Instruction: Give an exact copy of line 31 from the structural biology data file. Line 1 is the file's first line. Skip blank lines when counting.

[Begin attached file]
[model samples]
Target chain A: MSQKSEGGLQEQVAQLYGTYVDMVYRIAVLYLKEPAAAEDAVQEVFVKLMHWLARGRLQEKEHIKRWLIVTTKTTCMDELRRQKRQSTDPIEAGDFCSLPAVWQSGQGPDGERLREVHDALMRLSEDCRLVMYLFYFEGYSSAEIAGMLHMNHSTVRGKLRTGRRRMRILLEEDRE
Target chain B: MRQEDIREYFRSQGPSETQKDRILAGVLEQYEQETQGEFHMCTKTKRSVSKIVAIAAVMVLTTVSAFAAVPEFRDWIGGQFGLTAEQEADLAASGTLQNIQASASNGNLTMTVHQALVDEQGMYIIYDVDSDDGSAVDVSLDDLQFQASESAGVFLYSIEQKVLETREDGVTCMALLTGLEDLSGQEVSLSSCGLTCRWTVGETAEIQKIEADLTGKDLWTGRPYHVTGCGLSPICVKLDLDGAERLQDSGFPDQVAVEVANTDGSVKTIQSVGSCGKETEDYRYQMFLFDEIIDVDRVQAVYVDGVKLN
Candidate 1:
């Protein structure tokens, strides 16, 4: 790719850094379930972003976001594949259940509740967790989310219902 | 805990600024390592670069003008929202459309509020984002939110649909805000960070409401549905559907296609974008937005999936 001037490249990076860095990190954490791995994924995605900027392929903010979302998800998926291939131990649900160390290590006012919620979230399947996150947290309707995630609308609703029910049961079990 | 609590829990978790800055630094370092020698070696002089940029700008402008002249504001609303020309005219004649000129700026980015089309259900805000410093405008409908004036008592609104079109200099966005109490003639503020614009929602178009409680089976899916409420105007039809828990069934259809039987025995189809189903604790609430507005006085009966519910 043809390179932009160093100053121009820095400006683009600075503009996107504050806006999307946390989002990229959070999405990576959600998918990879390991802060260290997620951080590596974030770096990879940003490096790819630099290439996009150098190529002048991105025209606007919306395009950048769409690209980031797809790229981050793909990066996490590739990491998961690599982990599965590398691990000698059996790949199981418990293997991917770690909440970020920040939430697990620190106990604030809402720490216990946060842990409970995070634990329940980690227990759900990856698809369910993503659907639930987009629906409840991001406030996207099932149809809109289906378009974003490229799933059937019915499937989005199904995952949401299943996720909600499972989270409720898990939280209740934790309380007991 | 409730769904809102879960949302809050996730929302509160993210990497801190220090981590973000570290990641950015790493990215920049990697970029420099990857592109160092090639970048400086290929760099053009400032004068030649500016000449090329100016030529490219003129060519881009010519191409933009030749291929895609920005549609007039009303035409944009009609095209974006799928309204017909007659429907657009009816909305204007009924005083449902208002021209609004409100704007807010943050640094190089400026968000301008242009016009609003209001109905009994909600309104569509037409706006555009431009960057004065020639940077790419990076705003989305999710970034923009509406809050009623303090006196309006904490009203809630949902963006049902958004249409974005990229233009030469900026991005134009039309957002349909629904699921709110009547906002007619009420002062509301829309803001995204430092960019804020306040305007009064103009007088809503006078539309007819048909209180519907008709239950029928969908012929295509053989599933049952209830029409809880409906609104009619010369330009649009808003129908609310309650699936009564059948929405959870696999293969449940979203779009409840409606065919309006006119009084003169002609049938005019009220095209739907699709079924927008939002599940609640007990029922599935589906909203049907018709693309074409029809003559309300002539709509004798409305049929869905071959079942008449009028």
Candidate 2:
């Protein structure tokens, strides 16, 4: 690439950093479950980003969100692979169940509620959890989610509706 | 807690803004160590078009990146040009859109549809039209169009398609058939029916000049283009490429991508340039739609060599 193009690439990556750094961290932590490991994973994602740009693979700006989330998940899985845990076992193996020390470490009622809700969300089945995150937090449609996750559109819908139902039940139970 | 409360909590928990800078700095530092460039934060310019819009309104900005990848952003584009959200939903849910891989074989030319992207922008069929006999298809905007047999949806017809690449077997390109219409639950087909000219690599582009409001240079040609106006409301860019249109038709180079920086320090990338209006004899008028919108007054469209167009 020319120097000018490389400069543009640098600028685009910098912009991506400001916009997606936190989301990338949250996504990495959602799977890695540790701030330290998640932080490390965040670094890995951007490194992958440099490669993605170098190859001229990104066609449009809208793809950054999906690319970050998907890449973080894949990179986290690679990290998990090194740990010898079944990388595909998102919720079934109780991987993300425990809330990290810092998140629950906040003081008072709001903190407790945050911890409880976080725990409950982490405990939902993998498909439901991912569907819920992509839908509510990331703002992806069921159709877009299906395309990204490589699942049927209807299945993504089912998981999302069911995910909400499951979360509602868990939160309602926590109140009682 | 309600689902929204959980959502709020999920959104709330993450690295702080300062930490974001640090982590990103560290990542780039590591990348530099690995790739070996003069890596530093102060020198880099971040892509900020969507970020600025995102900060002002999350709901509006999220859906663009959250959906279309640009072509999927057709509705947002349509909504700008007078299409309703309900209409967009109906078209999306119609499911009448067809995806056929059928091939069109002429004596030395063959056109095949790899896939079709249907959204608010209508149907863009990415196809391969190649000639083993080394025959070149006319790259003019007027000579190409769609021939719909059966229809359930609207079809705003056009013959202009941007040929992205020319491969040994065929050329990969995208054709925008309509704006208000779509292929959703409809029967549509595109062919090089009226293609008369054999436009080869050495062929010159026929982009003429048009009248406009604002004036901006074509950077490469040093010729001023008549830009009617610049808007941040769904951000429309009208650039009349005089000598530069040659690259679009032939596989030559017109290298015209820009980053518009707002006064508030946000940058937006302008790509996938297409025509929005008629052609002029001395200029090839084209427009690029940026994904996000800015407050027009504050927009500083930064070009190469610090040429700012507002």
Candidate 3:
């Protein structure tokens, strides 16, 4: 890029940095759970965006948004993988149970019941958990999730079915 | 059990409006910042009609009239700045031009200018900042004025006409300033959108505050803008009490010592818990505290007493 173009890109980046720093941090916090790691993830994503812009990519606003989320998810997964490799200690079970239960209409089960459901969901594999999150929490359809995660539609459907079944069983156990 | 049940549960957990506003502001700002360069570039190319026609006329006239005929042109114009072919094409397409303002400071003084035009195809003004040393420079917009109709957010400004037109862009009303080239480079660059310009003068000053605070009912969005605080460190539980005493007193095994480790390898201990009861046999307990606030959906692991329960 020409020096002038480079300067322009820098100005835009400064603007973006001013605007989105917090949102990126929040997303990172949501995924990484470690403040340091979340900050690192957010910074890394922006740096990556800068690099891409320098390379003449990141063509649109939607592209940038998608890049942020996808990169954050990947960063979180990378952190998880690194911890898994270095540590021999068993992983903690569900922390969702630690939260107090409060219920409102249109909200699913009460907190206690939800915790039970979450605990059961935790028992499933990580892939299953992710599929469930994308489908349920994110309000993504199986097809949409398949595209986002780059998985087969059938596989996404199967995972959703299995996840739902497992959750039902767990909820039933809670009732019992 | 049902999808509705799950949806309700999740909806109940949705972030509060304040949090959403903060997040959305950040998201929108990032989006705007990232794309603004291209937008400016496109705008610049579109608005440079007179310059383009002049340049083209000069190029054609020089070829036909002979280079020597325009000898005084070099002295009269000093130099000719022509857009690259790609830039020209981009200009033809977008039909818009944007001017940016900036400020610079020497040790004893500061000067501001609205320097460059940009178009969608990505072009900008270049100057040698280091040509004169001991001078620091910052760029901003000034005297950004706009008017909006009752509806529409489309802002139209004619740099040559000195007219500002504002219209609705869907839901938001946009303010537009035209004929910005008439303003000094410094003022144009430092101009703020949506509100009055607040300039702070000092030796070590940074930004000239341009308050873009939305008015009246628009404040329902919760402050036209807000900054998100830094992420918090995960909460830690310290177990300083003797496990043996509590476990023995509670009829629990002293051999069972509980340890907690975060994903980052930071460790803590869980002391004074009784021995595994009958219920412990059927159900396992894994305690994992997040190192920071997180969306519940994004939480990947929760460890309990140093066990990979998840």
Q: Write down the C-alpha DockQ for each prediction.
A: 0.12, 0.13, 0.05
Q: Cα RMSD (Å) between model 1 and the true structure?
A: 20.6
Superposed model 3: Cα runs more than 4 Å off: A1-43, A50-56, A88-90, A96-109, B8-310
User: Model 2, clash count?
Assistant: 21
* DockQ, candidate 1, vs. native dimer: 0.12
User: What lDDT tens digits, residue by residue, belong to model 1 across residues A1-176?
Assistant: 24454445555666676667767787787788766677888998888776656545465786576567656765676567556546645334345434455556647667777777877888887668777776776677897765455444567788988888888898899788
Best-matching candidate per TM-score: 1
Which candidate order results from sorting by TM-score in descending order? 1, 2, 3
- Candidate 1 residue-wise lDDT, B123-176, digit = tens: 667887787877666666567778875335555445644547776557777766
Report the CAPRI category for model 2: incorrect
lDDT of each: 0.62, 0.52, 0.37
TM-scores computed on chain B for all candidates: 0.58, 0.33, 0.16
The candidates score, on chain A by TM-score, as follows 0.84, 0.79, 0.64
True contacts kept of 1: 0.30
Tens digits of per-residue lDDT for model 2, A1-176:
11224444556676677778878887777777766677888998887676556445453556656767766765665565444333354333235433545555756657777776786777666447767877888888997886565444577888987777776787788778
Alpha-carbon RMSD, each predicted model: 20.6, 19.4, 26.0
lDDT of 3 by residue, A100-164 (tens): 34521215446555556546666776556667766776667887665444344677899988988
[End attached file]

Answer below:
lDDT of 3 by residue, A100-164 (tens): 34521215446555556546666776556667766776667887665444344677899988988